“They don’t do it as a matter of course, but I think it helps some groups that have a quorum issue,” said Thomas Hennick, a public education officer for the FOI commission.

Hawaii and Idaho explicitly permitted public meetings by electronic communication, according to information compiled by the Washington, D.C.-based Reporters Committee for Freedom of the Press. Minnesota and New Hampshire also clearly allow remote meetings of public bodies.

Several other states make it clear in their laws that electronic correspondence — not just electronic meetings — are subject to their various sunshine laws, but do not necessarily encourage electronic meetings, according to RCFP’s data.

At least two states, Oklahoma and Virginia, forbade the practice.

Hennick said that, in Connecticut, there have not been any specific complaints about electronic attendance, although he has fielded some calls asking if the practice is allowed.

“I haven’t seen it as an avoidance behavior — I see it as a way for people to have their meetings come through,” said Hennick. “There are some towns that don’t like that, and set their rules that say you have to be there.”

Stamford’s research into whether and how to allow it is still in its early stages, said Elise Coleman, who-chairs the Legislative and Rules Committee.; (203) 964-2263; @stunati0201

Failing An FOI Pop Quiz – The Newton Bee

Connecticut’s Freedom of Information Act has been on the books for nearly 40 years. A couple of generations of public servants have been operating under its provisions. Yet after decades of illumination by the state’s Sunshine Laws, our elected and appointed representatives in government continue to wander into the shadows, where they stumble over provisions of the act that should be well known to everyone by now.

As a result of one such stumble late last year, a public education officer for the Freedom of Information Commission (FOIC) was in town September 29 to conduct a workshop for local officials, reminding them of their obligations under the law, and answering any questions they might have. While the law is lengthy with many provisions, it is perfectly clear on issues that seem to cause local boards and commissions the most trouble: giving proper notice of public meetings, including warnings and reasons for when those meetings will be closed for private discussion; and the narrow scope of topics suitable for discussion in these “executive sessions.”

The September 29 session was ordered by the FOIC in response to a citizen complaint about one such closed session involving four local boards considering the Sandy Hook School project on December 9, 2013. The published warning of the executive session was too vague, according to the commission. So after brushing up on their responsibilities for posting agendas and for keeping public discussions public on Monday last week, Newtown’s local officials should be able to avoid similar sloppy and incorrect applications of the law for some time to come. Right?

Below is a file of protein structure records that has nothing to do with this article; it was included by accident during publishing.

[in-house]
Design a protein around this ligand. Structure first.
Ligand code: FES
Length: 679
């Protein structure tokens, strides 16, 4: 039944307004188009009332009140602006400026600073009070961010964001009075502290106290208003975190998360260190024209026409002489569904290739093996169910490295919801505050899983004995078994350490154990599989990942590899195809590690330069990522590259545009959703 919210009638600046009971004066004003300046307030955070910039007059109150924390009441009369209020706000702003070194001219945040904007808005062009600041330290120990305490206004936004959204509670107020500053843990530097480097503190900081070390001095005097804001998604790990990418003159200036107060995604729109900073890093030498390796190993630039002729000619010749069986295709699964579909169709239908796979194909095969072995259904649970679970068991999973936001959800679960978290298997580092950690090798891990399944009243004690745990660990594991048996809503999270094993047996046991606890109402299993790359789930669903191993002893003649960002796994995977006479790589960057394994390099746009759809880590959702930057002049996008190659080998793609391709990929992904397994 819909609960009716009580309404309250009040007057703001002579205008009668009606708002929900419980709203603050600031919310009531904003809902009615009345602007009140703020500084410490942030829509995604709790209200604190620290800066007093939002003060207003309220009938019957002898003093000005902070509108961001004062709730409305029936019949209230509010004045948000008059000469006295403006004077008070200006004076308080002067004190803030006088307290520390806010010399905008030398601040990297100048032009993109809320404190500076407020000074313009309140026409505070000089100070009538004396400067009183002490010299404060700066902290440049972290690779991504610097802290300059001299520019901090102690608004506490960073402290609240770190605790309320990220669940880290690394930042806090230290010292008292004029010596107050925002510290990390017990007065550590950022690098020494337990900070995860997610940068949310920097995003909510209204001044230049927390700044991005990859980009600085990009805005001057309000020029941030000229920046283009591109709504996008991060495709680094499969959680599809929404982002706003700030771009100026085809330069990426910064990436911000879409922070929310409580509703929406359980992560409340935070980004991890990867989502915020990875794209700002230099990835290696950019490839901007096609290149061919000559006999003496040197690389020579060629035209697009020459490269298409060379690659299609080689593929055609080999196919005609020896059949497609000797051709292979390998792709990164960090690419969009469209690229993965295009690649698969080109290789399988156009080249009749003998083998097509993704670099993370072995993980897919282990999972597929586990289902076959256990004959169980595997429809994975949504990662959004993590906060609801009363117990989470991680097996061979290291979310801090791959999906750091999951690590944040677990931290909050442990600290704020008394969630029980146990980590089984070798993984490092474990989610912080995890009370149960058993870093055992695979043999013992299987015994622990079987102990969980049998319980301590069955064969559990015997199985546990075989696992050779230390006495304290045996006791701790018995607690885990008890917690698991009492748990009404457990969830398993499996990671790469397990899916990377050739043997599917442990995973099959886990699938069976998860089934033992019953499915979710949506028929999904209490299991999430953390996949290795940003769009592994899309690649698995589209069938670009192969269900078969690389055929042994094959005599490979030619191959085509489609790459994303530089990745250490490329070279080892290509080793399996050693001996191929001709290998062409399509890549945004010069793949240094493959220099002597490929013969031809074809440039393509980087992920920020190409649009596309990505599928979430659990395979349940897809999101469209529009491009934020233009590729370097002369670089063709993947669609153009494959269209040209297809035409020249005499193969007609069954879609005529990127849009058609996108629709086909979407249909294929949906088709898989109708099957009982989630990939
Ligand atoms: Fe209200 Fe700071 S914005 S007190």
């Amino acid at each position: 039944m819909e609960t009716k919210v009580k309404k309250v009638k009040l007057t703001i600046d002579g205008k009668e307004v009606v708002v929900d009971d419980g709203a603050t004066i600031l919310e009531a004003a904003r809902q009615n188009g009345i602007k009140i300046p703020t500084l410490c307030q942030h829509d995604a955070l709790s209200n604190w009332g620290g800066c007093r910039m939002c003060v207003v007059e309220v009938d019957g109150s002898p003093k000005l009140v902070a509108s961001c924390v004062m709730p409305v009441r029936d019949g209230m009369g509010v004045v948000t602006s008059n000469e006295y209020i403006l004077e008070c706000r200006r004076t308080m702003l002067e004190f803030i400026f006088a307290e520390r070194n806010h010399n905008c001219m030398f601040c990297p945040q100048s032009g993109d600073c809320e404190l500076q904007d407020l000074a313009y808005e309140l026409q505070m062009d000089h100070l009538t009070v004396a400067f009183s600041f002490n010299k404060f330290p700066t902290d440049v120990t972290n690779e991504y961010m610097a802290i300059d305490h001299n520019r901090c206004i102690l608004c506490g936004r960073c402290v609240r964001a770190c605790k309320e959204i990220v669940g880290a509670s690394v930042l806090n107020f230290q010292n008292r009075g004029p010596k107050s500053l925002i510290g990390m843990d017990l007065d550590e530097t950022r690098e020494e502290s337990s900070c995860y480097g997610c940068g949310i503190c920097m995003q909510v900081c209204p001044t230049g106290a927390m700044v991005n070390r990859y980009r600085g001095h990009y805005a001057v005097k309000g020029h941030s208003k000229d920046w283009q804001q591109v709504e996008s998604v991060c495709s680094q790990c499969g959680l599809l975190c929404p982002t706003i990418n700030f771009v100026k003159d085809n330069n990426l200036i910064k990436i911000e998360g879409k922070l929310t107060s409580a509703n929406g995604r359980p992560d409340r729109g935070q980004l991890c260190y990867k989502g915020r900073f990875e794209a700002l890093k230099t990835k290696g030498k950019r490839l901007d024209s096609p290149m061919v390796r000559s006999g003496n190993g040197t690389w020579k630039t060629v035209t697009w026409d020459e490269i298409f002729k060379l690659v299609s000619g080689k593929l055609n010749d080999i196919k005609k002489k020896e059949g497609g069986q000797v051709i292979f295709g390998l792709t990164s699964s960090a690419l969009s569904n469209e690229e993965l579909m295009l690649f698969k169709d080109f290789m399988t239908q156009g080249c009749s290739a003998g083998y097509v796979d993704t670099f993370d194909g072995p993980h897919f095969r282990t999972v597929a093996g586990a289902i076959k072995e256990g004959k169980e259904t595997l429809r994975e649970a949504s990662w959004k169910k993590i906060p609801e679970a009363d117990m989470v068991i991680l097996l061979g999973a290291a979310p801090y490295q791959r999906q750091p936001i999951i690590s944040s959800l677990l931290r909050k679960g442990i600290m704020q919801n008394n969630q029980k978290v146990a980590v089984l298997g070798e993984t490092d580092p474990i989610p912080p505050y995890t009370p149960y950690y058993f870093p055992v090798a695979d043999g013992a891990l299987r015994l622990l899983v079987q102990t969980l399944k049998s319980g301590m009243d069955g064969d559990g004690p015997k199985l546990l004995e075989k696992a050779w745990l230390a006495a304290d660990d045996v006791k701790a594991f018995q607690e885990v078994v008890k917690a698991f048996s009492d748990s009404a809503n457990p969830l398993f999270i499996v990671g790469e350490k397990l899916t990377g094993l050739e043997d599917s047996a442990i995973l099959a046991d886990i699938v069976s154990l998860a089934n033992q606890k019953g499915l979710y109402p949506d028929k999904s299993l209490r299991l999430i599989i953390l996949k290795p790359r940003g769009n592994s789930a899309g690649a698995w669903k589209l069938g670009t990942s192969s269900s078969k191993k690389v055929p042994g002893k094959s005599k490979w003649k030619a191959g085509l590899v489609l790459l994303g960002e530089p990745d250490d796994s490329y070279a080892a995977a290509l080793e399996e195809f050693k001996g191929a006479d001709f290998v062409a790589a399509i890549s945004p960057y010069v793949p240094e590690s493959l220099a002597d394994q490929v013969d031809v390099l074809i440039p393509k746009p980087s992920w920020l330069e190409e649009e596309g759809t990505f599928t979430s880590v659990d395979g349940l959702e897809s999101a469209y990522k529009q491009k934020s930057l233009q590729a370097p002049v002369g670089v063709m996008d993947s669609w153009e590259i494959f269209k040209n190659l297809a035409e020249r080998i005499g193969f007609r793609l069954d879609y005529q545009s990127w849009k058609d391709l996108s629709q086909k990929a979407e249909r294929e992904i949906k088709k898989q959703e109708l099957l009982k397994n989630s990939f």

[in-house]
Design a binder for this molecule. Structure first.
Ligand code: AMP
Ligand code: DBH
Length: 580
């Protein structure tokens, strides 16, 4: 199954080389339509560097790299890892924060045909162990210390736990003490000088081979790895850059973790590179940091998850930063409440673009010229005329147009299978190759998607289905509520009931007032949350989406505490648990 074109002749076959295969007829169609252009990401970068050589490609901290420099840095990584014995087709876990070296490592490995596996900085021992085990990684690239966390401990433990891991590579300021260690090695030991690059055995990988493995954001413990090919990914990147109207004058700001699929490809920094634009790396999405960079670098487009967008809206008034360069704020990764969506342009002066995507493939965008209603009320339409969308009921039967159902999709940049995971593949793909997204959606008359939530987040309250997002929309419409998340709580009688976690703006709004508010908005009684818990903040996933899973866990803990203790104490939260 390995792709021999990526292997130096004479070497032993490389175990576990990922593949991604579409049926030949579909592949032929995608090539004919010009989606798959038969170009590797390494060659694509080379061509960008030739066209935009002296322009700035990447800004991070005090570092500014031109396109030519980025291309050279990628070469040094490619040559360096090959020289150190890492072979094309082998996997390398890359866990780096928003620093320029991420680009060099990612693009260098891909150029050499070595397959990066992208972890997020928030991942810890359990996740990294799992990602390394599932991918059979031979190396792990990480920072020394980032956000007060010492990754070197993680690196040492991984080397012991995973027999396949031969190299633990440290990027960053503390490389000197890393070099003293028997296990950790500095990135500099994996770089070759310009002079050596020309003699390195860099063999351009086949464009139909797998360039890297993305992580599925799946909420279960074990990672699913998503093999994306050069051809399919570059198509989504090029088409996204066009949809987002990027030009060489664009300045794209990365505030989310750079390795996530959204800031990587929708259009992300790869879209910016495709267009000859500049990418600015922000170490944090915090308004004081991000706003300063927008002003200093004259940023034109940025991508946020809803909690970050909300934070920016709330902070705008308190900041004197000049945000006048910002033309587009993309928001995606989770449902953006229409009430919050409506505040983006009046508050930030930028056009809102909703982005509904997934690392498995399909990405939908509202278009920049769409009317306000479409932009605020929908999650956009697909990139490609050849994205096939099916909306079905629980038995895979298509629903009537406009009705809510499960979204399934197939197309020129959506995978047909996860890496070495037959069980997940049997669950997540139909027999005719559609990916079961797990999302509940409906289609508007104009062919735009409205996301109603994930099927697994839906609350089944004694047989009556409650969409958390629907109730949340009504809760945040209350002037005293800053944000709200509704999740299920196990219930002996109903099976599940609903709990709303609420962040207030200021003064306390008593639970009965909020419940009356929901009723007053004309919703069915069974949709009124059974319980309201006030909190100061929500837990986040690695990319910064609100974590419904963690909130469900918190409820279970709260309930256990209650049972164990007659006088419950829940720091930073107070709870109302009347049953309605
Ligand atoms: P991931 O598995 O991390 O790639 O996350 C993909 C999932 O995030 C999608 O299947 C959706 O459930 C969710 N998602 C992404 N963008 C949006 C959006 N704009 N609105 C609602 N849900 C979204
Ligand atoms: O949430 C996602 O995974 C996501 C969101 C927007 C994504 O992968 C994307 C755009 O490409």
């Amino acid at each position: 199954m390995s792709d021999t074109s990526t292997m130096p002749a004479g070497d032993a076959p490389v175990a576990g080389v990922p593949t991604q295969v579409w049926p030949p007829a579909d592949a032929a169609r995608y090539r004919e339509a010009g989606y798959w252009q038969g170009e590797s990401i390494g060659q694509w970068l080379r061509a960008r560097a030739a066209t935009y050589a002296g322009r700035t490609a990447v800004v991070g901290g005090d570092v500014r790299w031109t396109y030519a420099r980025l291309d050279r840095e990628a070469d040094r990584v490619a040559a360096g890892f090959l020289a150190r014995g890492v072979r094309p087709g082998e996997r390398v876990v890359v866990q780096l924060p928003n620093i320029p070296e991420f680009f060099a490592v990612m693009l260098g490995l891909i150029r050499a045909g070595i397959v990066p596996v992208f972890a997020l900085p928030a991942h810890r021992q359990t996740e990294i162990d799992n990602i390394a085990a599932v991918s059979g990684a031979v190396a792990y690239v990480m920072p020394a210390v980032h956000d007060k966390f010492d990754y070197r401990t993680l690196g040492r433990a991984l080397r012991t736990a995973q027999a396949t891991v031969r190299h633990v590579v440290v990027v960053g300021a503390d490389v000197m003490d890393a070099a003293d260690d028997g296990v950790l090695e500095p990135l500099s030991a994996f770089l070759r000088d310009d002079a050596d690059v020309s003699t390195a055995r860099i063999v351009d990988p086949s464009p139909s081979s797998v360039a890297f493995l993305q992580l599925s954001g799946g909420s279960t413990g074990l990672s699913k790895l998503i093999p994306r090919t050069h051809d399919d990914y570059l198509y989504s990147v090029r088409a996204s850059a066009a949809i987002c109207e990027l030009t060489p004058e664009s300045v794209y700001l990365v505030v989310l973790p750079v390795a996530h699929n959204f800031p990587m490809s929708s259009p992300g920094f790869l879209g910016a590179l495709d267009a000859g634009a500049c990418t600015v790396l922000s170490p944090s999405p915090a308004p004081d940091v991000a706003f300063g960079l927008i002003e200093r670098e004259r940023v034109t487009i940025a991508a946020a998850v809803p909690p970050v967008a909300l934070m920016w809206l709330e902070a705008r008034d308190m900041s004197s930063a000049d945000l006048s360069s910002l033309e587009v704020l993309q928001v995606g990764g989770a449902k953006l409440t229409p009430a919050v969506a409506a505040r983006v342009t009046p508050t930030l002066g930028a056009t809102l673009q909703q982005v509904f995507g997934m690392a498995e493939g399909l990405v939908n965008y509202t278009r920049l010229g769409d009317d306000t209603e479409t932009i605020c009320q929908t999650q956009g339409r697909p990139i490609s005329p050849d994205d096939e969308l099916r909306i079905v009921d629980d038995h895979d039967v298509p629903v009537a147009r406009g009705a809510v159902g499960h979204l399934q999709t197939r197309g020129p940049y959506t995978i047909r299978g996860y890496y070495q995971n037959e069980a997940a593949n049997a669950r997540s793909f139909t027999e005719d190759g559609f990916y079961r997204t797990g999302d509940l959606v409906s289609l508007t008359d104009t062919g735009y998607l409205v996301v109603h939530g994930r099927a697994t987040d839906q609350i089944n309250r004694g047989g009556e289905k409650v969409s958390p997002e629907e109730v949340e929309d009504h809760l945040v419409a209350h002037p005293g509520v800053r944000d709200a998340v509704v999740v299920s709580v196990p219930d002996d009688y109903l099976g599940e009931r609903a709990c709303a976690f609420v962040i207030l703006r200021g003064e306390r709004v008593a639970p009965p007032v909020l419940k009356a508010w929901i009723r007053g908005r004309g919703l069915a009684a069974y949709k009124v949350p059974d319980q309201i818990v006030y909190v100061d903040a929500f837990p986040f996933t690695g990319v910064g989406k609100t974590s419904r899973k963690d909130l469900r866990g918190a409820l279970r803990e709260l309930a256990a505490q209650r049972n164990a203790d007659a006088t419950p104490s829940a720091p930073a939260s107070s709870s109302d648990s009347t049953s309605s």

Fast forward 24 hours. The members of the Board of Education, three of whom, including the chairman, attended the FOIC workshop the previous evening, met on September 30 and convened an executive session that was not warned in their posted agenda for the meeting. Additionally, they closed the session ostensibly for “reflection” on standards set by the board for self-assessment – standards that were initially described and set for public discussion in the agenda for the special meeting. Note: this closed session was not for an evaluation of an employee nor apparently for the actual self-assessment of the school board, but for a reflection on the standards for board self-assessment. It was not a discussion of safety and security measures, it was a reflection on how school officials can better communicate about safety and security issues. These topics are clearly not covered in the FOI Act’s exemptions for executive sessions.

It is ironic that the apparent underlying theme of discussion in the school board’s closed session was better communication. The board’s awkward stumble from transparency to opacity was based on a sloppy interpretation of clear language in the Freedom of Information Act based on an inadvertent, or willful, misreading of the language in their own agenda. Each misstep was antithetical to better communication. It was a discussion that would have benefited the public to hear. Coming so close on the heels of the September 29 FOI workshop, it was the equivalent of taking a pop quiz right after a lesson — and failing. We only wish that the board members had paid closer attention to their FOI lessons and had taken greater care in educating themselves on the public’s right to know.